Tech is the new banking sector 💰💰💰
To be fair....i still believe people who are so narcissistic that they feel that the rest of us care what they are eating enough to post a picture....belong in a padded room....
Regarding emissaries there is probably an interesting compare /contrast to how industrial revolution tech (railroads, electricity, telephone) developed common good norms in a time of similarly unprecedented rate of tech/social change.
Yes! The only real solution is for people to prefer the truth over entertainment or reassurance.
Ok, I'll hop on this Elizabeth Warren/Native American testing bandwagon (gently and non-politically). I've been a @23andMe customer for a while, and have followed their ancestry updates closely.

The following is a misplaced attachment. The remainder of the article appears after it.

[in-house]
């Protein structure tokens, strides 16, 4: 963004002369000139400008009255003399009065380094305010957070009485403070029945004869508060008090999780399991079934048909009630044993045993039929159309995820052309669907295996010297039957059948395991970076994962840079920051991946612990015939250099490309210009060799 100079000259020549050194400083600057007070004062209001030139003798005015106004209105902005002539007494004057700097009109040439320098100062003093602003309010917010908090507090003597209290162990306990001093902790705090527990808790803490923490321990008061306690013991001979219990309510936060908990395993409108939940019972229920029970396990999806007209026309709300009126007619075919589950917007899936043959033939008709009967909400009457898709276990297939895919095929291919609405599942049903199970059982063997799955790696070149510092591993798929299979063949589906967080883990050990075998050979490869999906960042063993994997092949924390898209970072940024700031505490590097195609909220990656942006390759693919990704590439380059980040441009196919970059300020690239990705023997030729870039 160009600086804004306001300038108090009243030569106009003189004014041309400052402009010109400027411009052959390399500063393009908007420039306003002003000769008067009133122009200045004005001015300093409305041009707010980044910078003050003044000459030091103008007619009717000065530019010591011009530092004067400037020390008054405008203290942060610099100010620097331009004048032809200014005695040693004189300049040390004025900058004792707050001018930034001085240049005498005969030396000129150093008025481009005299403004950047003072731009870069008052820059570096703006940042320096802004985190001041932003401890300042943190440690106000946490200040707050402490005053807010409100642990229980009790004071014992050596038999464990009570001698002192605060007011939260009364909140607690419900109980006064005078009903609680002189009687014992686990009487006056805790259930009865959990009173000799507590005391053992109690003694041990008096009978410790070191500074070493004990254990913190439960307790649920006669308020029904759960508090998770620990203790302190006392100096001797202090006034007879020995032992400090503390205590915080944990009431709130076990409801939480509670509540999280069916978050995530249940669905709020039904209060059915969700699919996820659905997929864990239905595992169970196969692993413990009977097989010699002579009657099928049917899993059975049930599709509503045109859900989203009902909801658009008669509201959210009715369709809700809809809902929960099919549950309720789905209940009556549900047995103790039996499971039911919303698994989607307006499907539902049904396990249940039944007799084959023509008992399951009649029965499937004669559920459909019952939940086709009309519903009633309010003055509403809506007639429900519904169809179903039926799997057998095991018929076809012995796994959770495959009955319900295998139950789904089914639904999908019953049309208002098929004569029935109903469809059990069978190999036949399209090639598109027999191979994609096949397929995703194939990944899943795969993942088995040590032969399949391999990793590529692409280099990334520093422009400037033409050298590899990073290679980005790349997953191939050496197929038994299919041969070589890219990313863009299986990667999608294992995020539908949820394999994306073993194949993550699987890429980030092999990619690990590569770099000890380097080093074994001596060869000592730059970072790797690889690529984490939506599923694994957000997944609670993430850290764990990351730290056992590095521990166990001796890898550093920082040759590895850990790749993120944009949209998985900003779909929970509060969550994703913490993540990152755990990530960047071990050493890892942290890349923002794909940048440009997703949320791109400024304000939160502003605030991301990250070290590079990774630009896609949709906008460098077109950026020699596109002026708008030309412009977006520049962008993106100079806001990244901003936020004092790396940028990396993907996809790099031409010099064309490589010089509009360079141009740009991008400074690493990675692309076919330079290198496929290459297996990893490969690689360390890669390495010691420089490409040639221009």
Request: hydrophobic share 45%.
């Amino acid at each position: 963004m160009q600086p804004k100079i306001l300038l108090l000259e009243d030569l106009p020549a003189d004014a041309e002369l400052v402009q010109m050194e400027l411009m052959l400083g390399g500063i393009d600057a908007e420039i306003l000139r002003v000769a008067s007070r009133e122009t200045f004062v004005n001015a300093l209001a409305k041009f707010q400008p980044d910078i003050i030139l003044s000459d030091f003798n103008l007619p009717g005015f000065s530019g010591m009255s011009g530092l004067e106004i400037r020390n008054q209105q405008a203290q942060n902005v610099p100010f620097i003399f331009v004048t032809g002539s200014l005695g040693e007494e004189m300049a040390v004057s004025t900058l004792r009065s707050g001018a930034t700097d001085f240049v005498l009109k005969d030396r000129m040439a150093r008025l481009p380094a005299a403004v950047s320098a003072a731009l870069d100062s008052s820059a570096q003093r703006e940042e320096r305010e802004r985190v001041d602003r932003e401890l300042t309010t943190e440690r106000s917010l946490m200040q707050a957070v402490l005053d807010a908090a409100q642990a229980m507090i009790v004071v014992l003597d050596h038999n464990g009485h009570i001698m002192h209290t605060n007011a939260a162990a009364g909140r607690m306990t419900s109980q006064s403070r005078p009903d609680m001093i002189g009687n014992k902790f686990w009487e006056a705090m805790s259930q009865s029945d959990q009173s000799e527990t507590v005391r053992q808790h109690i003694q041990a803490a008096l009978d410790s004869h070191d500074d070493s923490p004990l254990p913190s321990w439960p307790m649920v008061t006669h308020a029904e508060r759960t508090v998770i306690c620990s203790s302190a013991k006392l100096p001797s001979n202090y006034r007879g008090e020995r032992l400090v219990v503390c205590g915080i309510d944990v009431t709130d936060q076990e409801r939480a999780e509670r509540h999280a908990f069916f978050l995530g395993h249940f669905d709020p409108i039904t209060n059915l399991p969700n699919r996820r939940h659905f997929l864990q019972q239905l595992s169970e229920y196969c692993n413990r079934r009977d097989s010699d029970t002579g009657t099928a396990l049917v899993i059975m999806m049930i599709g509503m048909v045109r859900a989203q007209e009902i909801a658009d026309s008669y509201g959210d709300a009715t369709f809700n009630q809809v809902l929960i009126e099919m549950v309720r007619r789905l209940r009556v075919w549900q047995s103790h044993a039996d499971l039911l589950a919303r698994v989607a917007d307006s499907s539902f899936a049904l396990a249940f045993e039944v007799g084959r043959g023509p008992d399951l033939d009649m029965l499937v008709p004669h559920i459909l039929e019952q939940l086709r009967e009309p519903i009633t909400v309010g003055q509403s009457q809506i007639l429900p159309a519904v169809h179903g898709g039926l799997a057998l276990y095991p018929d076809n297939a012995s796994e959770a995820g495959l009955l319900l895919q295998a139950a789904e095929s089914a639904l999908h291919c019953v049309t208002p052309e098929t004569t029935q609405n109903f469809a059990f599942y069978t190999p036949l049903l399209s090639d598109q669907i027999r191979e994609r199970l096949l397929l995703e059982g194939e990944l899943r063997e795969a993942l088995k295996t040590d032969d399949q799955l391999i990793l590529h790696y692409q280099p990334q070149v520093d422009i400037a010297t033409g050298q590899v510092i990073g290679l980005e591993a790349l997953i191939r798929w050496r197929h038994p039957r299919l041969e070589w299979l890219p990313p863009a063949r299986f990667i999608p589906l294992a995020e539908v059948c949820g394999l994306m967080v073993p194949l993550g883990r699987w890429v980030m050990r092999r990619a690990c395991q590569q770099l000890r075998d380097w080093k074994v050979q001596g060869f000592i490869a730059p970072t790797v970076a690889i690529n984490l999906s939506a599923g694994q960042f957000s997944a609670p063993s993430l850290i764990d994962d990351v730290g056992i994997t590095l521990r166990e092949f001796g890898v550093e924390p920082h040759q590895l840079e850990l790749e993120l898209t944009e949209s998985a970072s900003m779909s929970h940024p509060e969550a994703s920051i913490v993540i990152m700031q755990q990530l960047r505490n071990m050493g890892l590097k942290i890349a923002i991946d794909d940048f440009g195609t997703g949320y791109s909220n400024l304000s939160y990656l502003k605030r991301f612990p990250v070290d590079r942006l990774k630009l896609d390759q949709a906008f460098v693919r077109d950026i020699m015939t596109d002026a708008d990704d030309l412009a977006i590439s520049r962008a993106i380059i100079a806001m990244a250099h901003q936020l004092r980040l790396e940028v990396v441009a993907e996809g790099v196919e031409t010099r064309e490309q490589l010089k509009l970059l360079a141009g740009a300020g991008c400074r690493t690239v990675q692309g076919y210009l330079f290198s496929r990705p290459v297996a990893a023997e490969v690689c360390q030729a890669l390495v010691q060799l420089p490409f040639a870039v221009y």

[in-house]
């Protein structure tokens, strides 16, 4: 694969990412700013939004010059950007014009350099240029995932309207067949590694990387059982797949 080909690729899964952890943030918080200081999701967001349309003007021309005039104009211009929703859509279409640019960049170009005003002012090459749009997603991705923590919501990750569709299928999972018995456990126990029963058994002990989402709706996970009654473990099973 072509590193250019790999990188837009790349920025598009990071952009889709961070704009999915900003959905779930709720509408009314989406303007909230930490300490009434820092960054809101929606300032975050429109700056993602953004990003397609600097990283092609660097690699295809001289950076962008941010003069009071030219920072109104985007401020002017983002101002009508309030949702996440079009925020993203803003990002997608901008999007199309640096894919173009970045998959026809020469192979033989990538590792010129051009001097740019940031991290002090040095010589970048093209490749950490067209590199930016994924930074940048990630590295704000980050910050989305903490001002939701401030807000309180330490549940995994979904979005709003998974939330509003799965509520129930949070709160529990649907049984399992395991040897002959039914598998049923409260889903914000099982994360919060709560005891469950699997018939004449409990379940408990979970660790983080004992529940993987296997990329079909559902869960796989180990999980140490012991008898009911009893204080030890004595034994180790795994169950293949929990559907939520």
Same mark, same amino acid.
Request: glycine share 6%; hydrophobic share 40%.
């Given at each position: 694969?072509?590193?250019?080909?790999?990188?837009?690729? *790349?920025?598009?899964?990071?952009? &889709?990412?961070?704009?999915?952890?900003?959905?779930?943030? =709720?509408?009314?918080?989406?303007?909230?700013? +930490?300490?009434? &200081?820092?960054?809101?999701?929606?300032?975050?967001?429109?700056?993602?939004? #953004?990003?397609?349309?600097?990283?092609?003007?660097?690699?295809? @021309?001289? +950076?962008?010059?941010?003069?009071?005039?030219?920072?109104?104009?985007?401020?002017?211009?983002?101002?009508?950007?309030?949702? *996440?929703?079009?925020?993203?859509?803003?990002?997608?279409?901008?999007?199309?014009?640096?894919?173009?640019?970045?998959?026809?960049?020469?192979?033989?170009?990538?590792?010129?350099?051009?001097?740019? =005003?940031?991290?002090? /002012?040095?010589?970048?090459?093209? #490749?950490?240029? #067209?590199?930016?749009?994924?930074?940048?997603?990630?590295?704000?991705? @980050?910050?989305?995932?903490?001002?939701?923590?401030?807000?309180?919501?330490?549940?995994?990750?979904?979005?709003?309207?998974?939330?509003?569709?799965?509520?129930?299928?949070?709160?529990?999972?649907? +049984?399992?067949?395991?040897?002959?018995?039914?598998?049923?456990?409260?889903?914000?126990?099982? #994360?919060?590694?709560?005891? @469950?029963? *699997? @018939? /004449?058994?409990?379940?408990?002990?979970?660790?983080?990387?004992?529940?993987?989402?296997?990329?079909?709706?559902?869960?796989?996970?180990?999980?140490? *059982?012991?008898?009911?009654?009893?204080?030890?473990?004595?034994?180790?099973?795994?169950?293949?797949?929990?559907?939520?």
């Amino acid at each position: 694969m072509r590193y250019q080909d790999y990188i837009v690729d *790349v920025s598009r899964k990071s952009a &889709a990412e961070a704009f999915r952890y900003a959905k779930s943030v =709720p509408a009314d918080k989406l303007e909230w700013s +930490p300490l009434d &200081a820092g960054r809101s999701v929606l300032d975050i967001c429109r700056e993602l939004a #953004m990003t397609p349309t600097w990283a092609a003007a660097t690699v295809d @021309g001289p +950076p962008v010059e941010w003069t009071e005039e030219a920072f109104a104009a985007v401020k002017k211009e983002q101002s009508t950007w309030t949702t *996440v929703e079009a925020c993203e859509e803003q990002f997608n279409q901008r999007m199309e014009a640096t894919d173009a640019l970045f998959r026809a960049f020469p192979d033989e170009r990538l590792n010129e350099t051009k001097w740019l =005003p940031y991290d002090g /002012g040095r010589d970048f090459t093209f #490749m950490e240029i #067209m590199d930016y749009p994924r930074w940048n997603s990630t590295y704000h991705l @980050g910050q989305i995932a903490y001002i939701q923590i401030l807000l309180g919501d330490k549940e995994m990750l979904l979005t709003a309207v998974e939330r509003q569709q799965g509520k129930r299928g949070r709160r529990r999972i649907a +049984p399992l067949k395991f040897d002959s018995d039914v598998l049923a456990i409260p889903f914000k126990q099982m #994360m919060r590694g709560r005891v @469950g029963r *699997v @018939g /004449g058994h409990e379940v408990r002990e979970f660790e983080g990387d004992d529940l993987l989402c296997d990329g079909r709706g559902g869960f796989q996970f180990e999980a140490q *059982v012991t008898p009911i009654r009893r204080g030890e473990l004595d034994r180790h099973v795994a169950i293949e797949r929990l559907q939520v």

All is more or less as expected....except for this bit about Native American.
The family is almost completely composed of Spanish peasants (from various regions) who emigrated, along with a massive wave in the late 19th-cent./early 20th-cent., to Cuba back when it was a booming economy (richer than Spain's) and worth emigrating to (Communism killed that). Also, the native population of Cuba was annihilated early on---was the first place the Spanish colonized after all. Having a native background in Cuba would be like having the same in, say, Massachusetts, particularly if you're (say) mostly Irish. Just really, really unlikely. (Note: the North African/Arab background is less mysterious. The Iberian peninsula was part of the Muslim world for centuries. It would be odd *not* to have some Arab/Middle Eastern background coming from Spain. Given the family is mostly from Northern Spain, it's small though.)